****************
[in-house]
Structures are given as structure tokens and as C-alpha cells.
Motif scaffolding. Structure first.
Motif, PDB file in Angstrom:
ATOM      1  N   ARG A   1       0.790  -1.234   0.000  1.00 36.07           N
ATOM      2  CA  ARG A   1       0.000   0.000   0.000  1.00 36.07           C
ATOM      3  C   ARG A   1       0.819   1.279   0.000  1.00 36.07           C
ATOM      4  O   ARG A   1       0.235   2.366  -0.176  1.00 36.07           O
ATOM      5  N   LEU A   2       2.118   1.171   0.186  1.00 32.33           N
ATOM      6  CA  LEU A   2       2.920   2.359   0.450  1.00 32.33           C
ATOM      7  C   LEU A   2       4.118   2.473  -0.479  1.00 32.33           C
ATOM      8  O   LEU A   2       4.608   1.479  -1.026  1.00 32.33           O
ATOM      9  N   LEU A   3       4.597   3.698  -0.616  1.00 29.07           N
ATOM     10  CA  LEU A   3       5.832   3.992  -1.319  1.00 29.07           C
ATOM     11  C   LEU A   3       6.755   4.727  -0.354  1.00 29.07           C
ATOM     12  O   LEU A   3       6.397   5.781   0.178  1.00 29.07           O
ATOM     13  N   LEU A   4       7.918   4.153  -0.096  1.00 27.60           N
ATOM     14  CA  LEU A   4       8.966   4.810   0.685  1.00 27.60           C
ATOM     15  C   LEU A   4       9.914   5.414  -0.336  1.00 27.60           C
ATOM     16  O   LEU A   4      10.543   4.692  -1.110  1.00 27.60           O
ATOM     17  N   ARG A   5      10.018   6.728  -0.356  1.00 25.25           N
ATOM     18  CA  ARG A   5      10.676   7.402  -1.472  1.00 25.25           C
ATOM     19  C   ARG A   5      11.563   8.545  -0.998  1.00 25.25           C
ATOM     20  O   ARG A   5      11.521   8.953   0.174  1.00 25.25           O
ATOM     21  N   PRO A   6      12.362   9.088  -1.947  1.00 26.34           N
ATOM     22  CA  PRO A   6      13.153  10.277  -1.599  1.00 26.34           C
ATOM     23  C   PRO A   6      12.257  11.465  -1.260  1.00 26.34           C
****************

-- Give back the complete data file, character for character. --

[in-house]
Structures are given as structure tokens and as C-alpha cells.
Motif scaffolding. Structure first.
Motif, PDB file in Angstrom:
ATOM      1  N   ARG A   1       0.790  -1.234   0.000  1.00 36.07           N
ATOM      2  CA  ARG A   1       0.000   0.000   0.000  1.00 36.07           C
ATOM      3  C   ARG A   1       0.819   1.279   0.000  1.00 36.07           C
ATOM      4  O   ARG A   1       0.235   2.366  -0.176  1.00 36.07           O
ATOM      5  N   LEU A   2       2.118   1.171   0.186  1.00 32.33           N
ATOM      6  CA  LEU A   2       2.920   2.359   0.450  1.00 32.33           C
ATOM      7  C   LEU A   2       4.118   2.473  -0.479  1.00 32.33           C
ATOM      8  O   LEU A   2       4.608   1.479  -1.026  1.00 32.33           O
ATOM      9  N   LEU A   3       4.597   3.698  -0.616  1.00 29.07           N
ATOM     10  CA  LEU A   3       5.832   3.992  -1.319  1.00 29.07           C
ATOM     11  C   LEU A   3       6.755   4.727  -0.354  1.00 29.07           C
ATOM     12  O   LEU A   3       6.397   5.781   0.178  1.00 29.07           O
ATOM     13  N   LEU A   4       7.918   4.153  -0.096  1.00 27.60           N
ATOM     14  CA  LEU A   4       8.966   4.810   0.685  1.00 27.60           C
ATOM     15  C   LEU A   4       9.914   5.414  -0.336  1.00 27.60           C
ATOM     16  O   LEU A   4      10.543   4.692  -1.110  1.00 27.60           O
ATOM     17  N   ARG A   5      10.018   6.728  -0.356  1.00 25.25           N
ATOM     18  CA  ARG A   5      10.676   7.402  -1.472  1.00 25.25           C
ATOM     19  C   ARG A   5      11.563   8.545  -0.998  1.00 25.25           C
ATOM     20  O   ARG A   5      11.521   8.953   0.174  1.00 25.25           O
ATOM     21  N   PRO A   6      12.362   9.088  -1.947  1.00 26.34           N
ATOM     22  CA  PRO A   6      13.153  10.277  -1.599  1.00 26.34           C
ATOM     23  C   PRO A   6      12.257  11.465  -1.260  1.00 26.34           C